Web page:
This semester, my students at the School of Information at UC-Berkeley researched the VC system from the perspective of company founders. We prepared a detailed survey; randomly selected 500 companies from a venture database; and set out to contact the founders. Thanks to Reid Hoffman, we were able to get premium access to LinkedIn—which was very helpful and provided a wealth of information.  But some of the founders didn’t have LinkedIn accounts, and others didn’t respond to our LinkedIn “inmails”. So I instructed my students to use Google searches to research each founder’s work history, by year, and to track him or her down in that way.

But it turns out that you can’t easily do such searches in Google any more. Google has become a jungle: a tropical paradise for spammers and marketers. Almost every search takes you to websites that want you to click on links that make them money, or to sponsored sites that make Google money. There’s no way to do a meaningful chronological search.

We ended up using instead a web-search tool called Blekko. It’s a new technology and is far from perfect; but it is innovative and fills the vacuum of competition with Google (and Bing).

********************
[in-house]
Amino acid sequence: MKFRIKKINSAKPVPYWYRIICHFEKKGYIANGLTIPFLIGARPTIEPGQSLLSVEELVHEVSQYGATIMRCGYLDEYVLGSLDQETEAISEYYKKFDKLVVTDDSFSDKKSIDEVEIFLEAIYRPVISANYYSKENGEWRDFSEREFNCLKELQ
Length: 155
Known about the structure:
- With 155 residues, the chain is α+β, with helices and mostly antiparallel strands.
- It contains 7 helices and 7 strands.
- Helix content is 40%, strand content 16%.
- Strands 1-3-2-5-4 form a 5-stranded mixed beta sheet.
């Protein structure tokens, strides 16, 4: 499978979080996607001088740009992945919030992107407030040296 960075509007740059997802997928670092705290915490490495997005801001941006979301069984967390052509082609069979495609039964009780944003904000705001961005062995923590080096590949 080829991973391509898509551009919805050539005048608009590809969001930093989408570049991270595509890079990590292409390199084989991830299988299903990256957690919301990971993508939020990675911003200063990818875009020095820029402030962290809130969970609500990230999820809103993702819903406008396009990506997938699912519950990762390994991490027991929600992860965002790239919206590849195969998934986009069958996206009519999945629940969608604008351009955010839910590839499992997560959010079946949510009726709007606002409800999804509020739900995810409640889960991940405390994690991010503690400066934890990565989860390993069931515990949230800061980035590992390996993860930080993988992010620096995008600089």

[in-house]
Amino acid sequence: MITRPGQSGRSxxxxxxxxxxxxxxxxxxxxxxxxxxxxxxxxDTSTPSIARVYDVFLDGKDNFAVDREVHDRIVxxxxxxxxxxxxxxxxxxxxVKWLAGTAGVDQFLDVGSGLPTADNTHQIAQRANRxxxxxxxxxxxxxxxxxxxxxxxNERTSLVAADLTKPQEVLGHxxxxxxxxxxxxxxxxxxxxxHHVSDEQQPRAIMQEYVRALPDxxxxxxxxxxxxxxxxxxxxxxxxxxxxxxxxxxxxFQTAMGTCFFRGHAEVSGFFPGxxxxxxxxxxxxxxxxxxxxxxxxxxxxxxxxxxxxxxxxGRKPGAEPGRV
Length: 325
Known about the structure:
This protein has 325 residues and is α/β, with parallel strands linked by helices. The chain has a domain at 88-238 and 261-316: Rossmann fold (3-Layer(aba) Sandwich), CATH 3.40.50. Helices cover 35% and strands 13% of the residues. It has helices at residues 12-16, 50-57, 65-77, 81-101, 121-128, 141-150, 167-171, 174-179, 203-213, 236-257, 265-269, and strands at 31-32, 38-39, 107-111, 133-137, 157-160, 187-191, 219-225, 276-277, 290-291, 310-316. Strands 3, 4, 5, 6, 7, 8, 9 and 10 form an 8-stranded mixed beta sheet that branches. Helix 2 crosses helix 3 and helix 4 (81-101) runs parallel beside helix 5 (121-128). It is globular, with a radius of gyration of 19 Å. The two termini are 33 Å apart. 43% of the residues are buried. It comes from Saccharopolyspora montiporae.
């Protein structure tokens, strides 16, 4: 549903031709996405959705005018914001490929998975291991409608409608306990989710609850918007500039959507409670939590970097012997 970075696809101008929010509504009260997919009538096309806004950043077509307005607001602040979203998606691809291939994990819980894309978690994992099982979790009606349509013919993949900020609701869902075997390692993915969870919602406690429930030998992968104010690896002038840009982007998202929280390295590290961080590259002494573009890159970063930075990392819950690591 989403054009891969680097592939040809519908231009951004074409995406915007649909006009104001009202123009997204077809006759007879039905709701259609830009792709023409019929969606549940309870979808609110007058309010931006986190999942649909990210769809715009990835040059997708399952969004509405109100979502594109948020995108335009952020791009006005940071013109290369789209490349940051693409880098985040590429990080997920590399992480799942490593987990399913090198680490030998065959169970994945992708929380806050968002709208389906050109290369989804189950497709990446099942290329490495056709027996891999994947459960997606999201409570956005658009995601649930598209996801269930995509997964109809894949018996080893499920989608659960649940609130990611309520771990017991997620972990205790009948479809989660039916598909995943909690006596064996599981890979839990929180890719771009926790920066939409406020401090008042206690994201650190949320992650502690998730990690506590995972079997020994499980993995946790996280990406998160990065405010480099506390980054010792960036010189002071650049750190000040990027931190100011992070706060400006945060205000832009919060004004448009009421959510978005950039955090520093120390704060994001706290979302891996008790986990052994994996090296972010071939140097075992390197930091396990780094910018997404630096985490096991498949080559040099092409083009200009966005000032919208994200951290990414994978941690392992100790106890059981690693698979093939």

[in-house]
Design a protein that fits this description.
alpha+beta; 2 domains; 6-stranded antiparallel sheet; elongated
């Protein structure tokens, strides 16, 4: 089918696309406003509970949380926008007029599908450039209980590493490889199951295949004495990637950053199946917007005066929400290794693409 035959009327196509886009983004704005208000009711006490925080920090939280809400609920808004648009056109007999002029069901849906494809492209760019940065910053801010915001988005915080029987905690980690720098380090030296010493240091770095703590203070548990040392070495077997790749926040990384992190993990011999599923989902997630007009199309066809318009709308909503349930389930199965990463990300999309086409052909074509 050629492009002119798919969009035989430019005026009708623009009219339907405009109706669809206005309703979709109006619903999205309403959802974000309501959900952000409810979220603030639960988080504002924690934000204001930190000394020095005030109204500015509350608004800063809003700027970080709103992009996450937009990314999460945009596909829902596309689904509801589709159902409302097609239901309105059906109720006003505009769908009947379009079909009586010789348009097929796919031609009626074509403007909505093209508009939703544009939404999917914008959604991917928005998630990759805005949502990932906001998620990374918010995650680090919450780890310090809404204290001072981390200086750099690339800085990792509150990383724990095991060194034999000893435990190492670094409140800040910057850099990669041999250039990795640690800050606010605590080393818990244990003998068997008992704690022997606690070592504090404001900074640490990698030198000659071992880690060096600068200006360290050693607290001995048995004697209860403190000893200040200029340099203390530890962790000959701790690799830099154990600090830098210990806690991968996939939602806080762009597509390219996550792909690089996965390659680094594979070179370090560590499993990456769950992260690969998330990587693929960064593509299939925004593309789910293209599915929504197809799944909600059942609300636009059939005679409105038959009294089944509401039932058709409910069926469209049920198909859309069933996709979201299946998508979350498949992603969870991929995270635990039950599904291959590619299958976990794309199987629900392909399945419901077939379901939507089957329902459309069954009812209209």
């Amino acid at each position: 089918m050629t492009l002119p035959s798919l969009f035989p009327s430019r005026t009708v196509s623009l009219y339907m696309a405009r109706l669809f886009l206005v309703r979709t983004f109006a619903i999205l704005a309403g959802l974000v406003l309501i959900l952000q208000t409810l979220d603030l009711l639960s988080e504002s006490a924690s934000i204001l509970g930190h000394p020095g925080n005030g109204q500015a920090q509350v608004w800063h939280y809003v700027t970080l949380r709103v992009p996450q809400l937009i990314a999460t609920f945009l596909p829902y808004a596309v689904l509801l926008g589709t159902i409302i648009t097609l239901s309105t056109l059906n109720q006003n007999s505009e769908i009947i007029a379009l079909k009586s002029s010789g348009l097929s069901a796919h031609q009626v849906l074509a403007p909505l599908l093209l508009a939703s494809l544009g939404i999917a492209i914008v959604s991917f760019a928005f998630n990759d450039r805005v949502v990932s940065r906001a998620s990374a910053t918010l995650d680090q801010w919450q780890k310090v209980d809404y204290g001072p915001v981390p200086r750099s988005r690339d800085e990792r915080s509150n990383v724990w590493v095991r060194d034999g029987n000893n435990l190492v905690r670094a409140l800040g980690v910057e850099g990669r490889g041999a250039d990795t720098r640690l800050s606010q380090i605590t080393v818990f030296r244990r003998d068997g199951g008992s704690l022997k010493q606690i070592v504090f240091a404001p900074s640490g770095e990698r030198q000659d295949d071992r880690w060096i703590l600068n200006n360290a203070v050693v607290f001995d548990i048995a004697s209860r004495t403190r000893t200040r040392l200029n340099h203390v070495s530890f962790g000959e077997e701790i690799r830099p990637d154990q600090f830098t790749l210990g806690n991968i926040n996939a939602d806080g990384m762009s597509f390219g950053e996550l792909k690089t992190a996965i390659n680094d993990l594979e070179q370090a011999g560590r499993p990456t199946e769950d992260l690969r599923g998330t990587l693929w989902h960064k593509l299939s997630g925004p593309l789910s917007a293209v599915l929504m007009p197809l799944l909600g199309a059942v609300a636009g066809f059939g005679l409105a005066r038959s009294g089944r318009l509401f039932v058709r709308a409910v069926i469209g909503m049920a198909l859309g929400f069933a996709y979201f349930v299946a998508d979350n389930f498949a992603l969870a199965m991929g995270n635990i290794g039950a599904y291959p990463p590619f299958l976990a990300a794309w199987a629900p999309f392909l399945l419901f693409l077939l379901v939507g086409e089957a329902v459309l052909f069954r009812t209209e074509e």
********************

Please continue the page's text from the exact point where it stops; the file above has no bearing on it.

Blekko was founded in 2007 by Rich Skrenta, Tom Annau, Mike Markson, and a bunch of former Google and Yahoo engineers. Previously, Skrenta had built Topix and what has become Netscape’s Open Directory Project. For Blekko, his team has created a new distributed computing platform to crawl the web and create search indices. Blekko is backed by notable angels, including Ron Conway, Marc Andreessen, Jeff Clavier, and Mike Maples. It has received a total of $24 million in venture funding, including $14M from U.S. Venture Partners and CMEA capital.

In addition to providing regular search capabilities like Google’s, Blekko allows you to define what it calls “slashtags” and filter the information you retrieve according to your own criteria. Slashtags are mostly human-curated sets of websites built around a specific topic, such as healthfinancesportstech, and colleges.  So if you are looking for information about swine flu, you can add “/health” to your query and search only the top 70 or so relevant health sites rather than tens of thousands spam sites.  Blekko crowdsources the editorial judgment for what should and should not be in a slashtag, as Wikipedia does.  One Blekko user created a slashtag for 2100 college websites.  So anyone can do a targeted search for all the schools offering courses in molecular biology, for example. Most searches are like this—they can be restricted to a few thousand relevant sites. The results become much more relevant and trustworthy when you can filter out all the garbage.